Charlie returns in Girls season 5, episode 6, “The Panic in Central Park” to give Marnie a much needed wakeup call.
“One Man’s Trash” may be one of the best episodes of Girls. It is a contained story told in season 2 that is set in motion by Hannah dumping the trash from Ray’s coffee shop in his bins. Joshua, played by guest star Patrick Wilson, complains and it leads to Hannah spending two days with him. They have a lot of sex, play ping-pong, and that’s about it. Why is this episode one of the best? Because it is one that you can recall instantly for being so separated from the series and it is utterly ridiculous.
Three seasons later, “The Panic in Central Park” set out to become the same type of episode. Hannah has never been isolated or forgotten about as Girls moves forward, but Marnie for the better part of two seasons has taken a back seat. What better way to get a good look at how Marnie is actually fairing than to look at her life through the lens of 2013.
Enter Charlie. After Christopher Abbott and Lena Dunham went through their real life fallout at the close of season 2, Charlie was reduced to a person who retreated behind the Internet to seek his revenge against Marnie’s reign of terror by posting the music video of her singing “What I Am.” He may have also admitted to never loving her, but really I only remember the viral video. Charlie was reduced to an avatar on a nameless YouTube account and thus erased from memory. When he reenters the scene as part of a group of men catcalling Marnie, my reaction was quite similar to hers. Why is he talking so differently? Is this actually Charlie? What purpose does this serve?
Part of what is so frustrating about Marnie is her superiority complex. Some much needed praise should be thrown to Lena Dunham who managed to use Marnie’s greatest character flaw to give her some much needed agency in two relationships. This shell of Marnie, one who wants to run around the city dressing up in fancy dresses, pawning money off of guys who think she is a prostitute, is a welcomed guest. Threads of Marnie still run deep, especially when she is getting robbed and can only think to ask if people actually still do that. Charlie is the gateway drug to the escape. A high that only lasts for a few hours.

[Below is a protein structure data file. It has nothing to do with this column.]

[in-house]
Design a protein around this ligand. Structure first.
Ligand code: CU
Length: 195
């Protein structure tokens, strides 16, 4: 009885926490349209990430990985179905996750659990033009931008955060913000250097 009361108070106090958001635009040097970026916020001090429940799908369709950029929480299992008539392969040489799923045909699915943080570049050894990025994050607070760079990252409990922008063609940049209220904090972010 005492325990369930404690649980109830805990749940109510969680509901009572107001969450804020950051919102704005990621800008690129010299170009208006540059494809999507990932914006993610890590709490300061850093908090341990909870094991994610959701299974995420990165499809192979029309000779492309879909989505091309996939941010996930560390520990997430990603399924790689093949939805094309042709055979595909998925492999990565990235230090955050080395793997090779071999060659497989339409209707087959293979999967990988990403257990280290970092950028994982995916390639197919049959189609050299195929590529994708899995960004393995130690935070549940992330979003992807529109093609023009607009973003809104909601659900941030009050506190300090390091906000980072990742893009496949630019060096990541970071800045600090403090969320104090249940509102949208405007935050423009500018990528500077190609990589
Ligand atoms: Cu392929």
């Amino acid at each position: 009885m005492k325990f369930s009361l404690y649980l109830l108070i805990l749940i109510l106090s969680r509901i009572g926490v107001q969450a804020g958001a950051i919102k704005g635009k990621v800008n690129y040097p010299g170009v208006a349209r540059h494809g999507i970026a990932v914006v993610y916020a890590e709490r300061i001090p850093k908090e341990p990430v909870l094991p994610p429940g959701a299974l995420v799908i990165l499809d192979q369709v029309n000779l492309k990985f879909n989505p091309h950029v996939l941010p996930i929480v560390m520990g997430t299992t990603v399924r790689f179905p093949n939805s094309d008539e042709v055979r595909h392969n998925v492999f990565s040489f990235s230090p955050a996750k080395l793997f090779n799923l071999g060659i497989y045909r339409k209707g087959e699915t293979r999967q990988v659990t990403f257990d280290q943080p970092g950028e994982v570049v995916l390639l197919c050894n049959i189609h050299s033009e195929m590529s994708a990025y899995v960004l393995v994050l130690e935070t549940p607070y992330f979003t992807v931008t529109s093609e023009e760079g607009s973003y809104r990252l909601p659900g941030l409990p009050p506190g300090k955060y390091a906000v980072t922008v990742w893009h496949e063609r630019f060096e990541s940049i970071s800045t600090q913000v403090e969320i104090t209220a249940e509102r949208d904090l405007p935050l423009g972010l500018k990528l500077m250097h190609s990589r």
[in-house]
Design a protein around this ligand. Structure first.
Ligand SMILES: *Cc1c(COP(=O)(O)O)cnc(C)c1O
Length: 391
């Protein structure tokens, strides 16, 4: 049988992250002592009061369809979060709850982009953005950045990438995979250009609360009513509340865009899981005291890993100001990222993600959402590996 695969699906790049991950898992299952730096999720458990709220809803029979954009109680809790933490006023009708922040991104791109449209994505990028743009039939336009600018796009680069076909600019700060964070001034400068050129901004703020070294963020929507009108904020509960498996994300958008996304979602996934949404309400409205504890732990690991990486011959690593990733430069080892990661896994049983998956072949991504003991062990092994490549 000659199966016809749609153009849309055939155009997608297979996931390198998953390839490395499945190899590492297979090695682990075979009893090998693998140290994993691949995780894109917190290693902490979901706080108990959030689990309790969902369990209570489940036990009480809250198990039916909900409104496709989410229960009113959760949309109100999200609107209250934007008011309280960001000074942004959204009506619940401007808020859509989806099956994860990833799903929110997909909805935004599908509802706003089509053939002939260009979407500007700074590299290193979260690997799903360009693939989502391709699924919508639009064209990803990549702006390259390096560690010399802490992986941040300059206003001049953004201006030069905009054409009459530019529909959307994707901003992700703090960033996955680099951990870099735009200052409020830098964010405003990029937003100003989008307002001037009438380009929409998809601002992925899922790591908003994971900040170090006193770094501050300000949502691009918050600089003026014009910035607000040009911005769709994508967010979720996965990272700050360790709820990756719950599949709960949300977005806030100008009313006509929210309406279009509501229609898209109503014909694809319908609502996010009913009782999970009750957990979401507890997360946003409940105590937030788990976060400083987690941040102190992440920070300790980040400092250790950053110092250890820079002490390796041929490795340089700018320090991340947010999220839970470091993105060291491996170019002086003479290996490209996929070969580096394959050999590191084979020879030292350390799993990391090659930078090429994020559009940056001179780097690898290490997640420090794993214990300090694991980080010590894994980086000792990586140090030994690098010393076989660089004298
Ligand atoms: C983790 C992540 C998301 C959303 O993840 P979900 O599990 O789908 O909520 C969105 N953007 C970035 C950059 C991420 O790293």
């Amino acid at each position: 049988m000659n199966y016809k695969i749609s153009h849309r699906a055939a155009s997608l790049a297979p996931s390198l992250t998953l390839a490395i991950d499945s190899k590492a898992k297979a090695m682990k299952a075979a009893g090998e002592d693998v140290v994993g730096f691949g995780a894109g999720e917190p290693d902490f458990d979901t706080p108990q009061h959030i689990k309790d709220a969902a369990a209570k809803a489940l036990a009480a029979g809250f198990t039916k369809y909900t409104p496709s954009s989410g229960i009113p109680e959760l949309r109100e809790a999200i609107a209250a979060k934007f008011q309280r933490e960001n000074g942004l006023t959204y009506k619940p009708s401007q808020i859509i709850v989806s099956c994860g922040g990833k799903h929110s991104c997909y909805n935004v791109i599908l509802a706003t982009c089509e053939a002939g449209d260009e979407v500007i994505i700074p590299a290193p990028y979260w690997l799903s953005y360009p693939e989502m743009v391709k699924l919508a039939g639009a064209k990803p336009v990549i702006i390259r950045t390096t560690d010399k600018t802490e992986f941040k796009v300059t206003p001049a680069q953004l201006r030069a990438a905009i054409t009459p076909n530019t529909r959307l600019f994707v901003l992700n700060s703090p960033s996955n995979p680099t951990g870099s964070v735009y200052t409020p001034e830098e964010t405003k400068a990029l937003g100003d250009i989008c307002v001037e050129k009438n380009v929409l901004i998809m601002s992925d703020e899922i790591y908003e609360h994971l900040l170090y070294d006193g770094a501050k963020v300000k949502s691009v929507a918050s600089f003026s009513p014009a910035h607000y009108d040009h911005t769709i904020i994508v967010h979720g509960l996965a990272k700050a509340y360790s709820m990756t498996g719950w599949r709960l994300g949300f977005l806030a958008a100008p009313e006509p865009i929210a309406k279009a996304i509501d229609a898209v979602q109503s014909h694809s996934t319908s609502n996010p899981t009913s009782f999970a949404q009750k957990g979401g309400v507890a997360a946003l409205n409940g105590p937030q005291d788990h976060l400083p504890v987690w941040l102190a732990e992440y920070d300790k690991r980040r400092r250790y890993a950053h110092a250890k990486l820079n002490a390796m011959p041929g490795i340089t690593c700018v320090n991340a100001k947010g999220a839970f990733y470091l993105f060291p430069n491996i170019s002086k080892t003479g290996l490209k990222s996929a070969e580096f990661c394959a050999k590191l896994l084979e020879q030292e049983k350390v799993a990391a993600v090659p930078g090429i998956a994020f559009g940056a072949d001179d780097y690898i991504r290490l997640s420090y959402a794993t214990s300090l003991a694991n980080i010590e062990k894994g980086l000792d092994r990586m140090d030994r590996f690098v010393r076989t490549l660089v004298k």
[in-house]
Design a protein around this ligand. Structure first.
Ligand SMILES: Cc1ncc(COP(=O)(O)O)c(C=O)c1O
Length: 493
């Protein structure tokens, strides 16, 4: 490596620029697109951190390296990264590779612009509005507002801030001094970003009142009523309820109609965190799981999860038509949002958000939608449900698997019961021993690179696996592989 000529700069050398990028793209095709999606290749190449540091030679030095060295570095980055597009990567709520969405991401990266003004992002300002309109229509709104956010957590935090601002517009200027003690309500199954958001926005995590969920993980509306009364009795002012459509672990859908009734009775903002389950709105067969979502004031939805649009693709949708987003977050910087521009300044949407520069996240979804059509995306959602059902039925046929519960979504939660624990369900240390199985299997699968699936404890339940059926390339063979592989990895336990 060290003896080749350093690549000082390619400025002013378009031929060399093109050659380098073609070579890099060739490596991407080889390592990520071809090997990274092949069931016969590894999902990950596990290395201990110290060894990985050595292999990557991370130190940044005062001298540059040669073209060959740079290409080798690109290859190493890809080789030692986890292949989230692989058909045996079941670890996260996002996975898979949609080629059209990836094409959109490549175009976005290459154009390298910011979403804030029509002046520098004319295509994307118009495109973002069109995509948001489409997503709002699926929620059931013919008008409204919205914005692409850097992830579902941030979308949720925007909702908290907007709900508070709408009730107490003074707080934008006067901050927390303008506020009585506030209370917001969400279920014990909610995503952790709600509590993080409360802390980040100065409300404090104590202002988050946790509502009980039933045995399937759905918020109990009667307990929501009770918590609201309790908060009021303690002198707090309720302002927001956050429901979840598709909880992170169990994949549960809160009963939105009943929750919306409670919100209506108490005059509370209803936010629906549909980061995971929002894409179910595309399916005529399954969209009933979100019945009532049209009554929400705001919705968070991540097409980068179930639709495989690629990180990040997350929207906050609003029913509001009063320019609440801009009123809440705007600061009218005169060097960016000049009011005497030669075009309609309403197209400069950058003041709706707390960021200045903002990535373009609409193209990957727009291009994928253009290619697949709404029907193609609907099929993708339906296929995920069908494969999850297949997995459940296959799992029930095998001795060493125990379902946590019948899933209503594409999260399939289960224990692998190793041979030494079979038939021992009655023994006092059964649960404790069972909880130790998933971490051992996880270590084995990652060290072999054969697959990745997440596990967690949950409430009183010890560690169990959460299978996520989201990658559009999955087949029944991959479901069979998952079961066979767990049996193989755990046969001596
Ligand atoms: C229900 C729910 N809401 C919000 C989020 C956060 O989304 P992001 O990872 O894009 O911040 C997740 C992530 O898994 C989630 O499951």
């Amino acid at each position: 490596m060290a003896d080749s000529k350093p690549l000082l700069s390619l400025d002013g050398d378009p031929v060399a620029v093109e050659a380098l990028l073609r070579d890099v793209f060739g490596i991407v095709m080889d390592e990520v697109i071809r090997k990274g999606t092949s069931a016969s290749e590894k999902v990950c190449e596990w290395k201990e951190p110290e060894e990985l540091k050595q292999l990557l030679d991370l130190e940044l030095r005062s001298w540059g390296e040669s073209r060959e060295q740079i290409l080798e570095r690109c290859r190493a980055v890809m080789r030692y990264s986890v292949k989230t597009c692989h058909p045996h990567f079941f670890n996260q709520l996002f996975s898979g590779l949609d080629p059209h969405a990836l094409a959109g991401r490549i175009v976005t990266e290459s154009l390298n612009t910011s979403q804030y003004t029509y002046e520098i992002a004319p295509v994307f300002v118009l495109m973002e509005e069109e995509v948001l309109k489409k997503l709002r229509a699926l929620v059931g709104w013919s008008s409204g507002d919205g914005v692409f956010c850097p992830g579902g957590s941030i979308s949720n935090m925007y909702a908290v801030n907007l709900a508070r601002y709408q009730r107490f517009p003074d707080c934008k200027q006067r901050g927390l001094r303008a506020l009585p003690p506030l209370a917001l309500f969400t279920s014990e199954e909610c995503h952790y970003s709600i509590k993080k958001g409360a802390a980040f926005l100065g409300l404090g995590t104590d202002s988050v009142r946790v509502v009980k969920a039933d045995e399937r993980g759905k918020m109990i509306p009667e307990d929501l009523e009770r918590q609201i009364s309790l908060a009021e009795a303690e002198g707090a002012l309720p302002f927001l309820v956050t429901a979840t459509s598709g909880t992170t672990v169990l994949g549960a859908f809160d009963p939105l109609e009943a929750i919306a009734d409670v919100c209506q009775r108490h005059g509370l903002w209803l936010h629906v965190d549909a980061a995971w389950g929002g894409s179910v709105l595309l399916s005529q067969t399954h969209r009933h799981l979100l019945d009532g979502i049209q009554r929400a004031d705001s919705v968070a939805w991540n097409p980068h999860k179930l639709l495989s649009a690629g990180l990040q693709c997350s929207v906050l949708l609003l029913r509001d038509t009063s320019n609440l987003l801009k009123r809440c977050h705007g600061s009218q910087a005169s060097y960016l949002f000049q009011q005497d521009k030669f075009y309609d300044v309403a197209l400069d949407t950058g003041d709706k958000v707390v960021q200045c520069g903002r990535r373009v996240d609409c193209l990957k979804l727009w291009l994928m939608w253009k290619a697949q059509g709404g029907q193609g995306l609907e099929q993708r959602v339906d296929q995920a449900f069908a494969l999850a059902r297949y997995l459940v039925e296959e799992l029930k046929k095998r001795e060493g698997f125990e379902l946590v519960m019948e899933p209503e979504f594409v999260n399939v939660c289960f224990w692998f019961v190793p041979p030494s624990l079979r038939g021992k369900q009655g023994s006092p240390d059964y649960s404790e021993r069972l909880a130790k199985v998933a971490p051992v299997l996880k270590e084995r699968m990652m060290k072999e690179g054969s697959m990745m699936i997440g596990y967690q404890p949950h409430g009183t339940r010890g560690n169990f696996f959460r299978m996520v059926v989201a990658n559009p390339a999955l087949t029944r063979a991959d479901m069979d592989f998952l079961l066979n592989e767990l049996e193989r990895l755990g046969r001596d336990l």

The night ended with Marnie showering in a communal bathroom and hearing from an uninvited guest who just wanted to talk about how love masks the truth. When Marnie returns to Charlie’s bedside, she slowly comes back into herself. The haze of the Charlie hit wore off. Suddenly the trash bag on the window is shedding a bit too much light on the situation and the needles on his floor.
Marnie tried to change Charlie once, it didn’t work. The cost of silencing his passionate, sensitive self came with a Marnie lecture. Now it comes with excessive opiates and a rush of adrenaline from pulling off drug deals.
People need to work through their own issues in their own time. Marnie has yet to face her problems, choosing to focus on Hannah, or Desi, or Ray, or whoever walks through the door and doesn’t ask for her help.
I still think Marnie is insufferable. She surrounds herself with people who are also insufferable. It took five seasons, but she finally realizes it. She winds up without a husband, without a career, and in the bed of someone who, for the most part, is in the most stable relationship in the series. She’s not alright and for the first time since Girls began I finally felt some stirring of support for her.
Charlie was the catalyst for the Marnie I grew to hate. Three years later and he might be the catalyst for a Marnie I can stand to acknowledge with a polite nod.
Watch Girls season 5, episode 7, “Hello Kitty,” Sunday April 3 at 10:00 p.m. ET on HBO.